• Proposed
  • 2Under Assessment
  • 3Preliminary Assessed
  • 4Assessed
  • 5Published

Ramaria aurantiisiccescens Marr & D.E. Stuntz

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Scientific name
Ramaria aurantiisiccescens
Author
Marr & D.E. Stuntz
Common names
 
IUCN Specialist Group
Mushroom, Bracket and Puffball
Kingdom
Fungi
Phylum
Basidiomycota
Class
Agaricomycetes
Order
Gomphales
Family
Gomphaceae
Assessment status
Proposed
Proposed by
Noah Siegel
Comments etc.
Noah Siegel

Assessment Notes

Taxonomic notes

Described based on a collection made in Washington, USA (Marr & Stuntz 1973).

Preliminarily phylogenetic research has shown multiple species with the name Ramaria aurantiisiccescens applied; more work is needed.

Field identification of Ramaria is often very difficult, with macromorphological differences being subtle and often intergrading (especially in older fruitbodies).


Why suggested for a Global Red List Assessment?

Ramaria aurantiisiccescensis an uncommon but widespread species in the Pacific Northwest, northern California and the Rocky Mountains; currently known from ~40 locations.

Habitat requirements remain largely unknown, and preliminarily phylogenetic research has shown multiple species with the name Ramaria aurantiisiccescens applied. Until these issues are sorted out, I suggest listing as Data Deficient (DD).


Geographic range

From southern British Columbia, Canada south through the Coast range into northern California, USA, and the Cascade Range into southern Oregon. Also reported from a single site in northern Idaho and Colorado.


Population and Trends

Population occurs over a widespread area, with continuous records in the Cascade Range, and some disjunct outliers in northern California, Idaho and Colorado. Currently known from ~40 locations (Siegel et al. 2019, Mycoportal 2021). Data to fully assess trends is lacking.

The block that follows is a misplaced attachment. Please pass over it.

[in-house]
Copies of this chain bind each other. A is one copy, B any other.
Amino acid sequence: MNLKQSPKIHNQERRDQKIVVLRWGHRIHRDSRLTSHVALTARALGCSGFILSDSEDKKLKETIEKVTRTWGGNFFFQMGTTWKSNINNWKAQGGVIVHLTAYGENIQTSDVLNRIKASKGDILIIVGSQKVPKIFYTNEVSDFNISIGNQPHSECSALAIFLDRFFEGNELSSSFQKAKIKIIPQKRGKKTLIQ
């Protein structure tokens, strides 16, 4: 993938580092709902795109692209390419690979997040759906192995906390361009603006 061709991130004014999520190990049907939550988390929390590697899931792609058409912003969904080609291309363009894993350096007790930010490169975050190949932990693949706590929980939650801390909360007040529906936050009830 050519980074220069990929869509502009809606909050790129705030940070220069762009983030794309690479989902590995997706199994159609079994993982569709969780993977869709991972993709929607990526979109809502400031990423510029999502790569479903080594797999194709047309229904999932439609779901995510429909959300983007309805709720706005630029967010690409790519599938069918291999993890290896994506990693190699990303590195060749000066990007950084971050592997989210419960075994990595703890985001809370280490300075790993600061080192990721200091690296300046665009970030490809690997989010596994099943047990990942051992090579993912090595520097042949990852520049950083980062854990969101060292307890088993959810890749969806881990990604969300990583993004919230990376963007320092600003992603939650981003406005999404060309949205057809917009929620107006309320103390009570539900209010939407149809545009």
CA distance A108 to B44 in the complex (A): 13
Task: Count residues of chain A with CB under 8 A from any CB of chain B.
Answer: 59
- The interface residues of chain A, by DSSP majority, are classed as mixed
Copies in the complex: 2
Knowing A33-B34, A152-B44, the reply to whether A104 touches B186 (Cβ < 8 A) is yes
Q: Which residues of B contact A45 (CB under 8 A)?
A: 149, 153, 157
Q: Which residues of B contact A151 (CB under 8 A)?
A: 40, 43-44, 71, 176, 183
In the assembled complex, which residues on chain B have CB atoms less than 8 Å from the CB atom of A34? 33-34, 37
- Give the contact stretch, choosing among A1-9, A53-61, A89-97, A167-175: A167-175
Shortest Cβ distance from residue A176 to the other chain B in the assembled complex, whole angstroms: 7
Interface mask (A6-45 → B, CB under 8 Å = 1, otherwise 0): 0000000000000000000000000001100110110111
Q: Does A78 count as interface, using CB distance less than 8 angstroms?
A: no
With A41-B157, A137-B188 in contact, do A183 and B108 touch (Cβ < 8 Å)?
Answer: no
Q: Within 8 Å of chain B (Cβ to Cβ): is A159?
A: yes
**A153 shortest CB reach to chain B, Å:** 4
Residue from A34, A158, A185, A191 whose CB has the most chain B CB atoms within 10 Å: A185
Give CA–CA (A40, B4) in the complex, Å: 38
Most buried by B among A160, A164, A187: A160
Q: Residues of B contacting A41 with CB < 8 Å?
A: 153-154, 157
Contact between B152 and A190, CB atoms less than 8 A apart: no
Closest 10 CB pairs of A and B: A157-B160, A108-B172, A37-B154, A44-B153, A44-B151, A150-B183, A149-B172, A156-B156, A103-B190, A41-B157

Population Trend: Uncertain


Habitat and Ecology

Solitary or scattered on ground; ectomycorrhizal with conifers; especially Fir (Abies spp.), Western Hemlock (Tsuga heterophylla), and Douglas-fir (Pseudotsuga menziesii). Fruiting in fall.

Data to assess habitat preferences is lacking, and although this species appears to have a preference for mature and old growth forests, it does not appear to be restricted to this habitat.

Temperate Forest

Threats

Climate change and droughts, along with forest management practices has made western forests highly susceptible to stand replacing forest fires. Fire is big threat to this species’ populations. A stand replacing fire could severely degrade and/or diminish its current range.

Increase in fire frequency/intensityDroughts

Conservation Actions

This species is included on the United States Forest Service Northwest Forest Plan Survey and Manage list of rare/old growth forests dependent fungi, and has been actively surveyed for since the late 1990’s. (Castellano et al. 1999). The Oregon Natural Heritage rare fungi list (Oregon Biodiversity Information Center 2019) list it as a S2S3 species, and the Washington Natural Heritage list as a S1 species.


Research needed

Modern taxonomic research on Ramaria. A better understanding of habitat requirements of this species, and if it is restricted to mature and old growth forests.

TaxonomyLife history & ecology

Use and Trade

None known.


Bibliography

Castellano, M.A., Cázares, E., Fondrick, B. and Dreisbach, T. 2003. Handbook to additional fungal species of special concern in the Northwest Forest Plan (Gen. Tech Rep. PNW-GTR-572). U.S. Department of Agriculture, Forest Service, Pacific Northwest Research Station: Portland, OR. 144 p.

Exeter, R.L., Norvell, L. and Cázares, E. 2006. Ramaria of the Pacific Northwestern United States. United States Department of Interior, Bureau of Land Management: Salem, OR. 157 p.

Marr, C.D. and Stuntz, D.E. 1973. Ramaria of Western Washington (Bibliotheca Mycologica, Band 38). J. Cramer: Vaduz, Liechtenstein. 232 p.

MyCoPortal. 2021. http://mycoportal.org/portal/index.php. Accessed on February 15.

Siegel, N., Vellinga, E.C., Schwarz, C., Castellano, M.A. and Ikeda, D. 2019. A Field Guide to the Rare Fungi of California’s National Forests. Bookmobile: Minneapolis, MN. 313 p.

Oregon Biodiversity Information Center. 2019. Rare, Threatened and Endangered Species of Oregon. Institute for Natural Resources, Portland State University, Portland, Oregon.

Washington Natural Heritage Program List of Macrofungi https://www.dnr.wa.gov/publications/amp_nh_macrofungi.pdf


Country occurrence

Regional Population and Trends

Country Trend Redlisted